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Unformatted text preview: Chem 260 Fall 2009 Assignment 8. This is an old assignment that Im reusing. You can calculate term symbols many different ways. Take a look at your notes and see how it has been suggested there. Then try the method below it involves matrices which make it easy to see what is happening (at least to me!). Notice that in the answers, some of the tables continue on a second page. As long as you come up with the same answers, it doesnt matter which method you use. See http://hyperphysics.phyastr.gsu.edu/hbase/quantum/hydfin.html for an example of hyperfine splitting. Here is another way to think about determining term symbols. To determine the states(terms) of a given atom or ion: 1. Write down the electronic configuration (ignore closed subshell electrons) 2. Determine the number of distinct microstates that can represent that configuration. If you have e electrons in a single open subshell of 2l+1 orbitals, this value is #microstates = (2 (2l+1) )!/ e !(2 (2l+1) e )! 3. Tabulate the number of microstates that have a given M L and M S 4. Decompose your table into terms by elimination 5. Test the total degeneracy of the resultant terms to account for all the microstates counted in parts 2 and 3 6. Determine the lowest term for the configuration by Hunds Rules. Questions for term symbols: 1. Consider a carbon atom with 2 p electrons that can go into three orbitals. There are 15 possible combinations. Determine the combinations with the highest and lowest values of M S and the highest and lowest combinations of M L . Would any of these be the ground state? 2. H(1s 1 ) 3. He(1s 2 ) 4. He(1s 1 2s 1 ) (an excited state configuration) 5. B(1s 2 2s 2 2p 1 ) 6. C(1s 2 2s 2 2p 2 ) 7. What are the atomic state term symbols resulting from the lowest energy configuration of N (1s 2 2s 2 2p 3 )?...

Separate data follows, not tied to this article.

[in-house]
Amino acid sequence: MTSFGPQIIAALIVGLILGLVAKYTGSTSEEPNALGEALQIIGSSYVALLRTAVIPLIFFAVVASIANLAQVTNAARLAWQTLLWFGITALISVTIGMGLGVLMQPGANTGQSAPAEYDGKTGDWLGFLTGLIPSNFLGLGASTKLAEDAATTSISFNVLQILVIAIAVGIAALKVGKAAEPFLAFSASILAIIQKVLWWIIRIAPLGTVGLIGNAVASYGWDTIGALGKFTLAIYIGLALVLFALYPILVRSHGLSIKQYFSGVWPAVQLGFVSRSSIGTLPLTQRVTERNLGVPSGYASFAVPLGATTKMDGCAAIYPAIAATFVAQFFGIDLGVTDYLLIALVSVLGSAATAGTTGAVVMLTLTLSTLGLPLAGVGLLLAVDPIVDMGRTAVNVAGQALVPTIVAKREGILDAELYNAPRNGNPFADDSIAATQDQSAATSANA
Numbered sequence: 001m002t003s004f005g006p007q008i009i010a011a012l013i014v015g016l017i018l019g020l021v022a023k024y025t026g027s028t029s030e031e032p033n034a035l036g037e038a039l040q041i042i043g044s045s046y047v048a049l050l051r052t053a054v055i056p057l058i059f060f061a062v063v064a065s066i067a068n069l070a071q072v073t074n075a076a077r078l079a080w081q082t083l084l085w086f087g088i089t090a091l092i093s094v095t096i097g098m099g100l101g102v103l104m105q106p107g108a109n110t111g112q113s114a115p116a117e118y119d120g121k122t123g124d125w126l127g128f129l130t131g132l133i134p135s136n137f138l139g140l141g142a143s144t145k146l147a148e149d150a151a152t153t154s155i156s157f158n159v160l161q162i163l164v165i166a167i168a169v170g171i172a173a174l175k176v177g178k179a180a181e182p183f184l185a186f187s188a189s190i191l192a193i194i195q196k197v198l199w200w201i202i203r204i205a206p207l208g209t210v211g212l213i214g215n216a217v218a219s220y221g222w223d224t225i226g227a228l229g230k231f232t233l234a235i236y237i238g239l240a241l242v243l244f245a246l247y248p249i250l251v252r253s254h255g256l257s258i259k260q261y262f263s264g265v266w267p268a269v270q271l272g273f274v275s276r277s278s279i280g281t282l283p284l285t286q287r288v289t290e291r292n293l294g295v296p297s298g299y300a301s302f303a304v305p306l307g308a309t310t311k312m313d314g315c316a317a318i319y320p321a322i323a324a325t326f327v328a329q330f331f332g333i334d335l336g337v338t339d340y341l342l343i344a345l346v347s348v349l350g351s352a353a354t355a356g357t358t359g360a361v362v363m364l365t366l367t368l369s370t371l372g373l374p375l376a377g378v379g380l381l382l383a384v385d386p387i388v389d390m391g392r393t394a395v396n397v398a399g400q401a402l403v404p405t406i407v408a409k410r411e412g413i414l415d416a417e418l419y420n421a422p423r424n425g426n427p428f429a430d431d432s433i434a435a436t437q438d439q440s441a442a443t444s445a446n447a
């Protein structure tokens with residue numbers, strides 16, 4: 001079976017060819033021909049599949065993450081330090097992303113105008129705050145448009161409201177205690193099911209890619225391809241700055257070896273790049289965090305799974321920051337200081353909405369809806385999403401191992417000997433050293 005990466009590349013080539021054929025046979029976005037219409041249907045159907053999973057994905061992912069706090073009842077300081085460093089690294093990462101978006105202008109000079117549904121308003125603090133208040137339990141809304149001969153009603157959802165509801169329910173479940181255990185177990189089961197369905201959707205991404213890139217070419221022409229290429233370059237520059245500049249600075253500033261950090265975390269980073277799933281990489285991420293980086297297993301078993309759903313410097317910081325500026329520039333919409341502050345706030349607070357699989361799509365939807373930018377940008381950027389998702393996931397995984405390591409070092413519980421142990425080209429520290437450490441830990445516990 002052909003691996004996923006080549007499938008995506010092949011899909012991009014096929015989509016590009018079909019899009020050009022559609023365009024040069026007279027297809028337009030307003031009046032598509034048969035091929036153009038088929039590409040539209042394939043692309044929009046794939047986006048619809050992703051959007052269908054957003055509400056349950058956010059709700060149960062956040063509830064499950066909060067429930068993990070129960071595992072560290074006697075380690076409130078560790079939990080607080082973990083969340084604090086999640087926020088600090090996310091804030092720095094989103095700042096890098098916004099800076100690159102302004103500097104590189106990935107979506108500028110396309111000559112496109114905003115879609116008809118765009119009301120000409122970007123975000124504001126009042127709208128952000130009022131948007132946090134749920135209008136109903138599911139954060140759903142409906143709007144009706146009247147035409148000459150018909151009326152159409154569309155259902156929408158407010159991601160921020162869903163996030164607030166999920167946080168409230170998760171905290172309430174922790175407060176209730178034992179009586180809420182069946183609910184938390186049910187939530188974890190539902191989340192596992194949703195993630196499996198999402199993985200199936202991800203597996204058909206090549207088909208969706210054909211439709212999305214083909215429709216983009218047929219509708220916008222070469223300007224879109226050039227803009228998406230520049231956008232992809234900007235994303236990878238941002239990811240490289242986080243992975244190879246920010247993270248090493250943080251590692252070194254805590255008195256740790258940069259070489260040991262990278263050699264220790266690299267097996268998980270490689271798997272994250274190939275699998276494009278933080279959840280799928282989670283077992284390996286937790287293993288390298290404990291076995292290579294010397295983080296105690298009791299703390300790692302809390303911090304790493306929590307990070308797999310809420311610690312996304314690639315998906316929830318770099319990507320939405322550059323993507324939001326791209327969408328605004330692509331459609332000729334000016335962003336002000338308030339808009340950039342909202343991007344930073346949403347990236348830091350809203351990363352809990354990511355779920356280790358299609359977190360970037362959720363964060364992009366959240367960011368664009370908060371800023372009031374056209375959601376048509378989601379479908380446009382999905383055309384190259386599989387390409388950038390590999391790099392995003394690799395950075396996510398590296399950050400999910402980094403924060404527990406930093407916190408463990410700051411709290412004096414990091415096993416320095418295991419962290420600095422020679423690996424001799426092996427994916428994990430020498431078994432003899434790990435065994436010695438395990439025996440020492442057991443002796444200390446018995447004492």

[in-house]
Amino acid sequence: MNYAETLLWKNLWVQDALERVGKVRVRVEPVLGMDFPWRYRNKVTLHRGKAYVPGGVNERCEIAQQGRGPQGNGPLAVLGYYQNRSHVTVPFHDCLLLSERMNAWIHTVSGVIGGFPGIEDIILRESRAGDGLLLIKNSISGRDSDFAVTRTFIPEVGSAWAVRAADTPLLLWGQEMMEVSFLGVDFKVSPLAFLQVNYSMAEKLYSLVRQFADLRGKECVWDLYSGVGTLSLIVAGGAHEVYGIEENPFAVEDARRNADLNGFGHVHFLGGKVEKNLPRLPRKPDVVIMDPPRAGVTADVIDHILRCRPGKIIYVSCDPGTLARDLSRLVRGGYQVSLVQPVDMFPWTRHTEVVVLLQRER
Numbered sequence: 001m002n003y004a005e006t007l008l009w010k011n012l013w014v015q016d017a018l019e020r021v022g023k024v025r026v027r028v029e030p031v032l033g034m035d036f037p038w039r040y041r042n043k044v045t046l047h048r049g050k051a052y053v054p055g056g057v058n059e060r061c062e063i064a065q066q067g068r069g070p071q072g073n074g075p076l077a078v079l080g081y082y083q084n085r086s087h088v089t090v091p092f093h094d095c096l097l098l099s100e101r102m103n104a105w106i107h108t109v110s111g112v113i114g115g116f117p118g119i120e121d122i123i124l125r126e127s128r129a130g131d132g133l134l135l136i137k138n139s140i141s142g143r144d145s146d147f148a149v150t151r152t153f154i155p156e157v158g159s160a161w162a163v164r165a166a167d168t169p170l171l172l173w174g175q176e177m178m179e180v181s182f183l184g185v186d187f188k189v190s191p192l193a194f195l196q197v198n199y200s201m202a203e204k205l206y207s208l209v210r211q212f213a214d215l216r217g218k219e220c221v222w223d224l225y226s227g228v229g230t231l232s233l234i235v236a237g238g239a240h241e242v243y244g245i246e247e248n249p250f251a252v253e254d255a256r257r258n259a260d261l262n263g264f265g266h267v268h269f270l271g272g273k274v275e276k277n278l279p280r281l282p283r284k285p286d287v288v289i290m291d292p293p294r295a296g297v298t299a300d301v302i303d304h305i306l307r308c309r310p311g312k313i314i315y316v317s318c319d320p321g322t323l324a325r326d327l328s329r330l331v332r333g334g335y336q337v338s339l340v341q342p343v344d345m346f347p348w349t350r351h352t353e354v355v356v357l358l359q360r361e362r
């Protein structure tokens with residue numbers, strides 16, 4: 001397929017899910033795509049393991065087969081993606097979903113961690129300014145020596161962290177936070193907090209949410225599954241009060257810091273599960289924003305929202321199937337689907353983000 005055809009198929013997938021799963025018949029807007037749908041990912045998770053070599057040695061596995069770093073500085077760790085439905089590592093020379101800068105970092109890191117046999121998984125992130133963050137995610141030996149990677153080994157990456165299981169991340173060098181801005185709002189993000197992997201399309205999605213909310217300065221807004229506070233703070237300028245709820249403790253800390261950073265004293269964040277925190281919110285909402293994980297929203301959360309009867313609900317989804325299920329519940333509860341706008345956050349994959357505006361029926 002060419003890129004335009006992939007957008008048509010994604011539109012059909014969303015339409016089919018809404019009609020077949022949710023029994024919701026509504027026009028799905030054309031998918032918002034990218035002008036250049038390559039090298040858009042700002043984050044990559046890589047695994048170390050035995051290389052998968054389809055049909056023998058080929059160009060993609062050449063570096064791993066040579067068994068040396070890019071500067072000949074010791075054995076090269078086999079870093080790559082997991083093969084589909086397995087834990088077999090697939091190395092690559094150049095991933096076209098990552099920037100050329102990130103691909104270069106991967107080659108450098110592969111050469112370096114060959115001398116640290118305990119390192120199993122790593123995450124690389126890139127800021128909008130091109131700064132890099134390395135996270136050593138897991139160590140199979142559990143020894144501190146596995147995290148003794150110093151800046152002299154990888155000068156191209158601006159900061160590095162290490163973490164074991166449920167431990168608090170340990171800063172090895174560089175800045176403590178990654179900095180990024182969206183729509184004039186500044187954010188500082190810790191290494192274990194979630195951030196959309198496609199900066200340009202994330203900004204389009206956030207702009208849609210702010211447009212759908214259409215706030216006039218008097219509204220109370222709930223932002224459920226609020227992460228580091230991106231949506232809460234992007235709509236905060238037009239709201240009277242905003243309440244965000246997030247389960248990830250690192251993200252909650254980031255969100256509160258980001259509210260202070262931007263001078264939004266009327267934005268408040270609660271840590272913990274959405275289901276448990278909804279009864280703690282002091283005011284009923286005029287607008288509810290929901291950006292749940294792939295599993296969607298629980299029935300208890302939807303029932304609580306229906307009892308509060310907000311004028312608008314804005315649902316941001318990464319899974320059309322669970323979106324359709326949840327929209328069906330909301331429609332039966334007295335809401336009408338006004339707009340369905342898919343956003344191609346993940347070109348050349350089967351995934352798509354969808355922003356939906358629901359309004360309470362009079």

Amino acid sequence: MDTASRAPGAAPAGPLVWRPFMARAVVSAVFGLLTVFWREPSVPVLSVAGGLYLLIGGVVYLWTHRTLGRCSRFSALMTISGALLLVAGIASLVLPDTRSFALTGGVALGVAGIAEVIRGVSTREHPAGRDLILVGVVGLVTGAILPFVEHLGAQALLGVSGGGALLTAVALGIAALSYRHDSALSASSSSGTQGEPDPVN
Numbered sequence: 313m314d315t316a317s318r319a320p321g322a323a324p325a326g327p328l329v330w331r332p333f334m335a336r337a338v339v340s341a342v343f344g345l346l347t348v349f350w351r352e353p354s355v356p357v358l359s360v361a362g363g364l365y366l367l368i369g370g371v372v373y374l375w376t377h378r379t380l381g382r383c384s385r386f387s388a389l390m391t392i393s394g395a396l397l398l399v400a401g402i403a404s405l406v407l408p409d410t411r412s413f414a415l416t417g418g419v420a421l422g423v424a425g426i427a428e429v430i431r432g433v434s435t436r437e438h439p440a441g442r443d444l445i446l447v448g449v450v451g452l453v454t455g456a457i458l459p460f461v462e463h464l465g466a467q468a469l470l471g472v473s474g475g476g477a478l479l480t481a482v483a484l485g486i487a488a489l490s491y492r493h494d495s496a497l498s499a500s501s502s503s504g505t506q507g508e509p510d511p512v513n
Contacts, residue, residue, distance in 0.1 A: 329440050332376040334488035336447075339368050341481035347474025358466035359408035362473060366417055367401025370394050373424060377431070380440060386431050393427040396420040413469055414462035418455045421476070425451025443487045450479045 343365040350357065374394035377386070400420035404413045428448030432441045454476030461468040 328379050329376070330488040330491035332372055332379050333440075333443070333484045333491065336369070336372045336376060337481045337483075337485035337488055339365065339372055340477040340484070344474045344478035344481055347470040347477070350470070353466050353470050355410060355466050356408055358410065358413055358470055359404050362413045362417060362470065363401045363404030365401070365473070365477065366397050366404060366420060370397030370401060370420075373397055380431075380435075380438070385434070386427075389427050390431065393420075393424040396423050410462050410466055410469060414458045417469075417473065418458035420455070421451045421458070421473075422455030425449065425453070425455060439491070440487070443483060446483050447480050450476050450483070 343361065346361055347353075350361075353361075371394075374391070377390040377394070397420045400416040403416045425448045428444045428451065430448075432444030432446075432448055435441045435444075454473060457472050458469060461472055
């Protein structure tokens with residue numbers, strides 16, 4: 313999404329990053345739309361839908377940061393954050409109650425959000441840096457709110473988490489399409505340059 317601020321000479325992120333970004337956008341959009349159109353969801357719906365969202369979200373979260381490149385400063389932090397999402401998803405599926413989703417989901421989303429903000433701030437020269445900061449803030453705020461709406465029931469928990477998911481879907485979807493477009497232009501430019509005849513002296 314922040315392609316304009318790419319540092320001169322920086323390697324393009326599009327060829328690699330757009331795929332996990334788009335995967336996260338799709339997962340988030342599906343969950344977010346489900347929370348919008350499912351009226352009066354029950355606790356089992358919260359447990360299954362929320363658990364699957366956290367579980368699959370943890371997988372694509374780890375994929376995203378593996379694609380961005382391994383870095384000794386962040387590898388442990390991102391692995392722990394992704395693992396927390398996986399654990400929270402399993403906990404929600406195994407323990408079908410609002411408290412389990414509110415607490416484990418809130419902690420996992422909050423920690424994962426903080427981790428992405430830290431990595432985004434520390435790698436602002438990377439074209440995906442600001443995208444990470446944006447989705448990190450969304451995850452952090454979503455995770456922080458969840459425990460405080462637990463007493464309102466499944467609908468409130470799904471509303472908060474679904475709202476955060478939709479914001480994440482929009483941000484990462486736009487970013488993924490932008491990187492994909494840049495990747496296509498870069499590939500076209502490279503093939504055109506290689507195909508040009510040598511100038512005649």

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This note was uploaded on 12/13/2010 for the course MATH 251 taught by Professor Unknown during the Spring '08 term at Simon Fraser.
 Spring '08
 UNKNOWN
 Math, Matrices

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